She’s part of a women’s co-operative, which was founded in 2004. “The aim was to reduce the dependence of women on men in coffee,” she says. She’s one of around 100 women who are members, though allowing their husbands to join – because they tend to own the coffee plantations and support their wives in the business – has increased the total membership to 200. And the collective has inspired others, too. “More women have started to plant their own coffee,” Mary says.

She rises early every day to pick the arabica coffee cherries – the fruit of the plant. “It is hard work but when you concentrate it can become easy,” says Mary. After gathering ripe red coffee cherries, she puts them in a large bucket of water to separate the healthy from the defective coffee. If a coffee cherry is damaged from an insect or disease, it floats. The latter are removed and the remaining put through a small hand-powered coffee pulper. The farmer turns a crank and pours water into the machine, using tiny metal teeth to separate the outer coffee fruit from the inner coffee seed. This is the coffee "bean". These beans are put back into water to ferment for at least two days. This process helps to develop flavors in the coffee and further removes the slimy sweet fruit mucilage. The now washed beans are placed on "African Raised Drying Beds" simple, wooden-framed racks with a mesh liner that the wet beans are spread out upon, in direct sunlight. Air can flow naturally all around the beans, allowing for quick and even drying.

Once the beans have reached the desired dryness, coffee is gathered together by the cooperative and collected by Endiro Coffee, a tree-to-cup social enterprise working with women-led, organic farmers including those in Bududa. There are still a few more steps to the journey, but this is where Endiro takes over. They mill the coffee to remove the skin or "parchment" covering the beans. Later, it will be roasted, ground and finally brewed by a barista or at home on a coffee brewing device.

In a good harvest season, Mary says she can make 6,000,000 Ugandan shillings (around £1,600), a pretty decent income for this area. For the rest of the year, Mary works as a tailor.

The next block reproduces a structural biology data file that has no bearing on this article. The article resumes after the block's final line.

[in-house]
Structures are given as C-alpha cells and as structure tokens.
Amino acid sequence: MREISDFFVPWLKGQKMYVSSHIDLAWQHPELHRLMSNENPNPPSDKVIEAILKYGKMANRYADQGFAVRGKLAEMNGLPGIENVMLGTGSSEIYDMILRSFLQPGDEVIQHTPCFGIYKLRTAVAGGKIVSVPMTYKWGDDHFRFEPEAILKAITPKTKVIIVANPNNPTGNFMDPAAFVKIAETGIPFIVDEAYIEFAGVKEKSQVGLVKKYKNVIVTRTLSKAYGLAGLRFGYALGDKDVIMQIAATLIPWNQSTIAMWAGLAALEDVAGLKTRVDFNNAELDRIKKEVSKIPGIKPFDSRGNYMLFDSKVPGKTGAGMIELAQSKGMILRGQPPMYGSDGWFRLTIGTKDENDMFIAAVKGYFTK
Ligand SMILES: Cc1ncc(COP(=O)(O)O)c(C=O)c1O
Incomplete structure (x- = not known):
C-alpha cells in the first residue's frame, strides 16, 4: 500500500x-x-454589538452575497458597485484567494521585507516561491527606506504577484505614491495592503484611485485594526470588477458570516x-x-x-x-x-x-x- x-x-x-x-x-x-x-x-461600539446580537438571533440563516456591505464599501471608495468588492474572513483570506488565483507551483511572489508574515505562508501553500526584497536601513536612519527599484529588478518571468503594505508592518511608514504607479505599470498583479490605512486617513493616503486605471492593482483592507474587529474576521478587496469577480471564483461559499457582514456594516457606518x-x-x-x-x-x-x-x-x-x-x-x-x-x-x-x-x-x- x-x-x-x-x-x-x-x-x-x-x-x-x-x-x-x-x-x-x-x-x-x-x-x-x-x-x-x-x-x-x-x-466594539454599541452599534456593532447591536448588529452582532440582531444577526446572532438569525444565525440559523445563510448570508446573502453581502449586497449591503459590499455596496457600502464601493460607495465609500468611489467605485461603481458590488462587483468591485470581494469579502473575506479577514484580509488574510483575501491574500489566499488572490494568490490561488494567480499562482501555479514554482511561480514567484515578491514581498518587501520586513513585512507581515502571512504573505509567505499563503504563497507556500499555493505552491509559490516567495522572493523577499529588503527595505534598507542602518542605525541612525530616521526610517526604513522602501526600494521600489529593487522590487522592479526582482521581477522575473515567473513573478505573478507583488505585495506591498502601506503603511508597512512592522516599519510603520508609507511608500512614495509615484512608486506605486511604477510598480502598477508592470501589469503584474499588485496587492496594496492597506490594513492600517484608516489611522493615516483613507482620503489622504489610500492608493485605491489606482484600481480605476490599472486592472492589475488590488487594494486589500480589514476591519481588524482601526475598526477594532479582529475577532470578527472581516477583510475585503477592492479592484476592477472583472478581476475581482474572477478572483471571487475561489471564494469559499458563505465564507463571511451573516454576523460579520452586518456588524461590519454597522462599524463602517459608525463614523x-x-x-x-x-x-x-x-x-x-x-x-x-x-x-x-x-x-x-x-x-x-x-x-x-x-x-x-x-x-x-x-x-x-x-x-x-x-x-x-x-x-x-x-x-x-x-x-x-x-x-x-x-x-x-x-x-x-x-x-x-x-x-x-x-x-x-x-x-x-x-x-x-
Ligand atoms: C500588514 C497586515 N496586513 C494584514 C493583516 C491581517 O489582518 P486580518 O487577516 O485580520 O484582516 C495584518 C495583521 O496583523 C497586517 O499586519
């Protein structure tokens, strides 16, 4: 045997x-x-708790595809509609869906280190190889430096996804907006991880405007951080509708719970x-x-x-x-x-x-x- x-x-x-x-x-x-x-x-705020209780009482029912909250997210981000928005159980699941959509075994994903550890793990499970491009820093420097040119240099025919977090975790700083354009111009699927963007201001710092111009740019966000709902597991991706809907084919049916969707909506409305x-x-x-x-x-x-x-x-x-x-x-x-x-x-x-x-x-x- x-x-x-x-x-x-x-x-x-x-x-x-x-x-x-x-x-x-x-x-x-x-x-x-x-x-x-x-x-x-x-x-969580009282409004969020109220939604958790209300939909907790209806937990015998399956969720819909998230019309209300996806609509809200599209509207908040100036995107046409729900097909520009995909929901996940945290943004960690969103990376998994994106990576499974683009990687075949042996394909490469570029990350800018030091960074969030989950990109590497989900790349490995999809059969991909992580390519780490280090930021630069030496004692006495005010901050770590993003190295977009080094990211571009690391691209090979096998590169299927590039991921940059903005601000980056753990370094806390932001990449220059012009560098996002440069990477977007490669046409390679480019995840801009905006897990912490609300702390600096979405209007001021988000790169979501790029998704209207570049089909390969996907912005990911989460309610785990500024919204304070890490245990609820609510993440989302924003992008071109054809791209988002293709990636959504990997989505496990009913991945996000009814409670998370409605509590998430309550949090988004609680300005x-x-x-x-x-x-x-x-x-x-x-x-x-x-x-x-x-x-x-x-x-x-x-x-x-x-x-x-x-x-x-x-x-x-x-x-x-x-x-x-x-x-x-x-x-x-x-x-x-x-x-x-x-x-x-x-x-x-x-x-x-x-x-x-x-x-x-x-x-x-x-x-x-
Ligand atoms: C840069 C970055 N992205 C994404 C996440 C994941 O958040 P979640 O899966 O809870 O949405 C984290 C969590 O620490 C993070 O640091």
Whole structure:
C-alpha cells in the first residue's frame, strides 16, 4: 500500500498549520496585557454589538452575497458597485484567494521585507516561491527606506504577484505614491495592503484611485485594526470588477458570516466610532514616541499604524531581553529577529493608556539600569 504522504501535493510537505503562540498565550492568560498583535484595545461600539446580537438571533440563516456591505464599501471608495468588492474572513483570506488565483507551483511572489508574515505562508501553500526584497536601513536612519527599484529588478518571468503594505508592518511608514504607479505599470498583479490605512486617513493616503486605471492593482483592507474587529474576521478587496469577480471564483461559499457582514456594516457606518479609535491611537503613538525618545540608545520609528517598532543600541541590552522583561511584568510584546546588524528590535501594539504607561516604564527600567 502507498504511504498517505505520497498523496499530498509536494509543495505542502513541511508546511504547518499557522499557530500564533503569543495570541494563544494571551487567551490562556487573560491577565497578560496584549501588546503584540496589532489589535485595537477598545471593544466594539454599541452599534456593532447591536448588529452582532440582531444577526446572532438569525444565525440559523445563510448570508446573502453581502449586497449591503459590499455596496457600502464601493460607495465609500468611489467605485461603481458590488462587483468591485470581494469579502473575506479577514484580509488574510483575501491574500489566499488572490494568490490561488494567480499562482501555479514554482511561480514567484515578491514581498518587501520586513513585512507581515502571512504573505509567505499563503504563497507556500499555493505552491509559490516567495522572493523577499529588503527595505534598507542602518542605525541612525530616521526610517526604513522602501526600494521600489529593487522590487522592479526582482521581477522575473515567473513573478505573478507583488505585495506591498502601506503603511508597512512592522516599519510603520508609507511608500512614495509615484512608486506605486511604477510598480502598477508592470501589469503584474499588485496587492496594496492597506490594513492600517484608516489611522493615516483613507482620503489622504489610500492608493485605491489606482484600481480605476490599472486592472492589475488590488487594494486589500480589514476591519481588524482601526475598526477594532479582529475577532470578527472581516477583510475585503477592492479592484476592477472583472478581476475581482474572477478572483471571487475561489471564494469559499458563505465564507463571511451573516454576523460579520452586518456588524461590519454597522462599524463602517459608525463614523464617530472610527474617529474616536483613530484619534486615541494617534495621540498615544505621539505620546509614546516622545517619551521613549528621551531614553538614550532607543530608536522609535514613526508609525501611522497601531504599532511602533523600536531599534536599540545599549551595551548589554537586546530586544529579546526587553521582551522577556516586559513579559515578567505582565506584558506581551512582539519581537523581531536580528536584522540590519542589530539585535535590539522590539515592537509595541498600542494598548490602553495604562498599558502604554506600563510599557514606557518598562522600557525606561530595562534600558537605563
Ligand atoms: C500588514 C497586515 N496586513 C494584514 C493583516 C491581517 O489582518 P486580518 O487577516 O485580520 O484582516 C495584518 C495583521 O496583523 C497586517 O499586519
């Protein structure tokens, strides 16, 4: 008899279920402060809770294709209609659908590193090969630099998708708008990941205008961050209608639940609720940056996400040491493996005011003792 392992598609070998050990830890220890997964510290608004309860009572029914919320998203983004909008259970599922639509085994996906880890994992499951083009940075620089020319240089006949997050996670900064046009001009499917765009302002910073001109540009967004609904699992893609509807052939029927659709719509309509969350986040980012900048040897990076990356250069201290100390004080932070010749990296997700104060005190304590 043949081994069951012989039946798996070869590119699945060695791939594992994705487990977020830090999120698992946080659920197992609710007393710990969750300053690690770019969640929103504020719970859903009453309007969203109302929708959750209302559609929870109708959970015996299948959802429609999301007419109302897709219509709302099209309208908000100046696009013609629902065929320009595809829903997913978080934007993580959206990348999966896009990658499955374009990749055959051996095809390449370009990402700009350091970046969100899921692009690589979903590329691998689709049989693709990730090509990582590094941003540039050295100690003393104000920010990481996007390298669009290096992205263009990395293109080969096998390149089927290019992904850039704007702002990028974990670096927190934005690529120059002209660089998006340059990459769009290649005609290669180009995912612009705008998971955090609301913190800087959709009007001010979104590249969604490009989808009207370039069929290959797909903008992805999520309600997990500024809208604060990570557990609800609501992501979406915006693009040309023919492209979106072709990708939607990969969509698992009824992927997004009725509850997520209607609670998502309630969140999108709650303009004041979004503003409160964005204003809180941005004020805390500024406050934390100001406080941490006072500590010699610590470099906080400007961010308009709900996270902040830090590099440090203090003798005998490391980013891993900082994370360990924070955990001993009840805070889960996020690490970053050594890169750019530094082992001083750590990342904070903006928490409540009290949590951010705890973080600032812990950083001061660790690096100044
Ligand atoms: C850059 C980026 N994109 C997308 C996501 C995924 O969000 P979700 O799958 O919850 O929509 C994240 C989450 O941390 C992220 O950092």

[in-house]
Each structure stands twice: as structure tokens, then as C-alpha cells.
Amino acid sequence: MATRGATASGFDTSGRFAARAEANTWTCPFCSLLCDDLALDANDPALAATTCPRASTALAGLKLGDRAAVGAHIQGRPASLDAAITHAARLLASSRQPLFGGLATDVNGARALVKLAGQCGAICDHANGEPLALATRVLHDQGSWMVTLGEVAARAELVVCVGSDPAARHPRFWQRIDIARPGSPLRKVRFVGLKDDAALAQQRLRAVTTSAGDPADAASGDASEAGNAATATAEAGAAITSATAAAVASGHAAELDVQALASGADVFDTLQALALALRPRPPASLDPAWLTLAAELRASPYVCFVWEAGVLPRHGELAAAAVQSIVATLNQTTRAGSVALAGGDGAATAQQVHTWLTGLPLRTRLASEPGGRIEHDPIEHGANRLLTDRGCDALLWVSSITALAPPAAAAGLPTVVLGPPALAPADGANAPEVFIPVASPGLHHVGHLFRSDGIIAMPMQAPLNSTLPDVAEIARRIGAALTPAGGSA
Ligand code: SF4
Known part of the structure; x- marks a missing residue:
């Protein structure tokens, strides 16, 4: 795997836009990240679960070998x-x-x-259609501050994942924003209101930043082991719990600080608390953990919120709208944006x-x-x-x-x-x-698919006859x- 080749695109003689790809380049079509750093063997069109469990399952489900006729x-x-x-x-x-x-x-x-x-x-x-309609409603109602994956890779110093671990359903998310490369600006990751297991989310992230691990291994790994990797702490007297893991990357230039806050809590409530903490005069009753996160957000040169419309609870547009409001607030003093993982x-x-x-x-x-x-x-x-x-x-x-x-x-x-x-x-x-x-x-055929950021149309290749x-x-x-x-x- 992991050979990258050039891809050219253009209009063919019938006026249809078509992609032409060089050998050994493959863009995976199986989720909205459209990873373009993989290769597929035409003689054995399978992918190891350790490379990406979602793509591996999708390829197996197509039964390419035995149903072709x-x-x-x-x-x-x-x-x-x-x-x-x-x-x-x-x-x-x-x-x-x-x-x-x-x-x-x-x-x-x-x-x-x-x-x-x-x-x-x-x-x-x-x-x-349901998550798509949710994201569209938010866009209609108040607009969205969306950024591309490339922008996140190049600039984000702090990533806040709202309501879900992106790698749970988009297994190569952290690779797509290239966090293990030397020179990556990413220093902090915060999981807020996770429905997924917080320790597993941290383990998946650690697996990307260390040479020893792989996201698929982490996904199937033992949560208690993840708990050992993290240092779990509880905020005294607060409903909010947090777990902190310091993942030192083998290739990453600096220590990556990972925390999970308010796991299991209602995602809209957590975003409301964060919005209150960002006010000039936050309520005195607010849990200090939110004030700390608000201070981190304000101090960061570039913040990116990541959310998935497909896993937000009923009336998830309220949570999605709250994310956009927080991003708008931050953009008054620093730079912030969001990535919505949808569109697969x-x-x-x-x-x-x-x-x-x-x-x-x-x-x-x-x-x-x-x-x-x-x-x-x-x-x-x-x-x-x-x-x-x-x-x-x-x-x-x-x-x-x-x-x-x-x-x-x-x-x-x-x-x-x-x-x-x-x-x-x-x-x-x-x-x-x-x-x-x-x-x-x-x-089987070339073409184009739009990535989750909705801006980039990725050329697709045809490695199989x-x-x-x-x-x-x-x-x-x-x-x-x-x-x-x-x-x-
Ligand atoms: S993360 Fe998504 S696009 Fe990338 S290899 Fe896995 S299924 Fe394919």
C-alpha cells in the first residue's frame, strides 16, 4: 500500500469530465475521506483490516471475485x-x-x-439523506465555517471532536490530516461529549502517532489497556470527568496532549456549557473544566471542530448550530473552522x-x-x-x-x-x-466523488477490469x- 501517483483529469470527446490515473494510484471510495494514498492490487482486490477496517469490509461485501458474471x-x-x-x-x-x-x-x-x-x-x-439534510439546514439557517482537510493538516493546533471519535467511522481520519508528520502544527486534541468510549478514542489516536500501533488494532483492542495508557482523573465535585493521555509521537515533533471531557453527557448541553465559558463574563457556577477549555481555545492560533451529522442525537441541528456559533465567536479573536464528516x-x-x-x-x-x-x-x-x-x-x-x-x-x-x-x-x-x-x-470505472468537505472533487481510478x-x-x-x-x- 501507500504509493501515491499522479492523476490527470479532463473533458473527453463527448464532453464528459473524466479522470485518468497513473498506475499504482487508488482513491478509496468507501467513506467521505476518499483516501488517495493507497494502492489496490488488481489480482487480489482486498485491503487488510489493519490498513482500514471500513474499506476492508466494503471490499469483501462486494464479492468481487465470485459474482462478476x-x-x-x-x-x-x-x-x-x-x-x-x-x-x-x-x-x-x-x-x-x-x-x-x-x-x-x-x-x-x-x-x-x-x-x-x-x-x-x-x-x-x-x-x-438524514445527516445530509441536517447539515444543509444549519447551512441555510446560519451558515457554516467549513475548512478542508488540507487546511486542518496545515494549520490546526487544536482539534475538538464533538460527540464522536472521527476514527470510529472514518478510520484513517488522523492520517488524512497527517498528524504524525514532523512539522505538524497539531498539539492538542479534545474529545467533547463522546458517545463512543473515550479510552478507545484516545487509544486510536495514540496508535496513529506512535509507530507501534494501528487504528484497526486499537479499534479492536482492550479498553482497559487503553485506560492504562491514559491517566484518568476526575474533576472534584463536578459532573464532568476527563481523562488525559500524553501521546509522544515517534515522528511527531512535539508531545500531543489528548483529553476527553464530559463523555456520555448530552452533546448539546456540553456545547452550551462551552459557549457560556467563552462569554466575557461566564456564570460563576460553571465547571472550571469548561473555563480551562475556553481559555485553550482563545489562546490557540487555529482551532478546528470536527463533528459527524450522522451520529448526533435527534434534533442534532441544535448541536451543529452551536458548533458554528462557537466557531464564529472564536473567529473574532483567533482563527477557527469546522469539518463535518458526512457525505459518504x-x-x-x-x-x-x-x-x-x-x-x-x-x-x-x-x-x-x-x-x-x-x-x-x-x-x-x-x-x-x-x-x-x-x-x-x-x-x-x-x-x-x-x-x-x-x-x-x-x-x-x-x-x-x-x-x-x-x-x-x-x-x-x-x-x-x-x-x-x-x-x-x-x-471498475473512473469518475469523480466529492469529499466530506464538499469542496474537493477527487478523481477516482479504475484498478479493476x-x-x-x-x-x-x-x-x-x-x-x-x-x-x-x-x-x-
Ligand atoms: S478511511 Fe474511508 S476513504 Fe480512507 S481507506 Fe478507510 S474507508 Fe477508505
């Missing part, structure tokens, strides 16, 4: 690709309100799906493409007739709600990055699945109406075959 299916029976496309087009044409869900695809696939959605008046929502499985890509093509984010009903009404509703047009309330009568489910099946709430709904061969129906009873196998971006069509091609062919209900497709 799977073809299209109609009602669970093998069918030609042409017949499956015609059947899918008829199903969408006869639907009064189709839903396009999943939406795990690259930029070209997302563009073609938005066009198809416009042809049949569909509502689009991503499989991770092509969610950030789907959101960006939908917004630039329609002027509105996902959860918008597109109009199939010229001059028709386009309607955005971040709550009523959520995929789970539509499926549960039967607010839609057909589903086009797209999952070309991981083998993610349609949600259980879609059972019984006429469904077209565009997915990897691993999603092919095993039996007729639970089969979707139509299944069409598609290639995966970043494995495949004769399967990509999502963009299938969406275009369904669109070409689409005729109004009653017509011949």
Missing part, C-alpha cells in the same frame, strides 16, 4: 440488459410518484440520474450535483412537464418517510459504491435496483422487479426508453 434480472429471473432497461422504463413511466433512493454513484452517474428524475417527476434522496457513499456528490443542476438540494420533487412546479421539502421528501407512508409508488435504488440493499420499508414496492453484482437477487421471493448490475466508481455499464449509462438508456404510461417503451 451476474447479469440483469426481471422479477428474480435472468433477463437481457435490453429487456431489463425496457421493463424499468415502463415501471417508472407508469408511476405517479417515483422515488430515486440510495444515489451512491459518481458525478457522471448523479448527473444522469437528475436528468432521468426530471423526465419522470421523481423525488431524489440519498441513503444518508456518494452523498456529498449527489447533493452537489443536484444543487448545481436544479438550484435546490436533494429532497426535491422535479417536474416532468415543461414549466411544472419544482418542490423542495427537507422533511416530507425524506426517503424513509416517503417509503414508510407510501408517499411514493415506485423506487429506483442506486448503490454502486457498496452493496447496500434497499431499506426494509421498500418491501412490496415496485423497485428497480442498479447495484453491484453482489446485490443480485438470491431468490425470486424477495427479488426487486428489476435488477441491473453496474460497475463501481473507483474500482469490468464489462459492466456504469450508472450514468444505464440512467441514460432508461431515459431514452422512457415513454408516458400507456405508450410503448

It hasn’t been an easy journey for the Bududa farmers, who’ve faced annual landslides for at least the past 15 years. In 2018, Mary’s mother’s house was destroyed and Mary and two of her siblings lost children. “It washed away some of my coffee plantations,” she says. Other challenges include pests and hailstorms. She eventually dreams of a living in a stable house with water nearby so that she doesn’t have to trek to fetch it, and her own vehicle. “It will take time to save,” she said. “I’ve worked a lot, and I don’t want to stop working, but I want my money to work for me,” she says.
Endiro products including coffee and sauce can be bought at their cafes across Uganda, Kenya and the US, as well as online. endirocoffee.com

Britain’s Got Talent act Ghetto Kids highlights issue of Ugandan orphanages, say campaigners

From one of the largest slums in the Ugandan capital, to appearing at the World Cup in Qatar and capturing the attention of the likes of Nicki Minaj, the Ghetto Kids dance act has enjoyed a phenomenal rise to fame.

The collective of around 30 underprivileged children, some described as orphans, competed in the Britain’s Got Talent (BGT) final on Sunday, after dazzling the judges and receiving a “Golden Buzzer” from Bruno Tonioli halfway through their performance in April.

While they didn’t win

From Bollywood to Adelaide: A Rotary Success Story

Bollywood may be nearly 10,000 kilometres away from Adelaide. But former film producer Rajeev Kamineni says there are some lessons he learnt on movie sets there that now surprisingly come in handy as the city’s Rotary club president.

“We are at the end of the day, at the mercy of the stars. If suddenly one doesn't turn up for the filmmaker that means the whole day’s schedule has to be cancelled,” says Rajeev.

“So that taught me something which I apply in Rotary - just get on with it. No amount of micromanaging and planning can guarantee anything.” The president now leading Australia’s second biggest club into the organisation’s centenary year stresses that Rotary is completely volunteer-run.

“We can’t force their help, we can only request it. If I have to manage 10 volunteers, let’s say in a shelter house, I can’t call them and say ‘you’re fired’, says Rajeev. “We have to see if they take up the responsibility and run with it. That’s another big learning from the movie industry which I brought into Rotary.”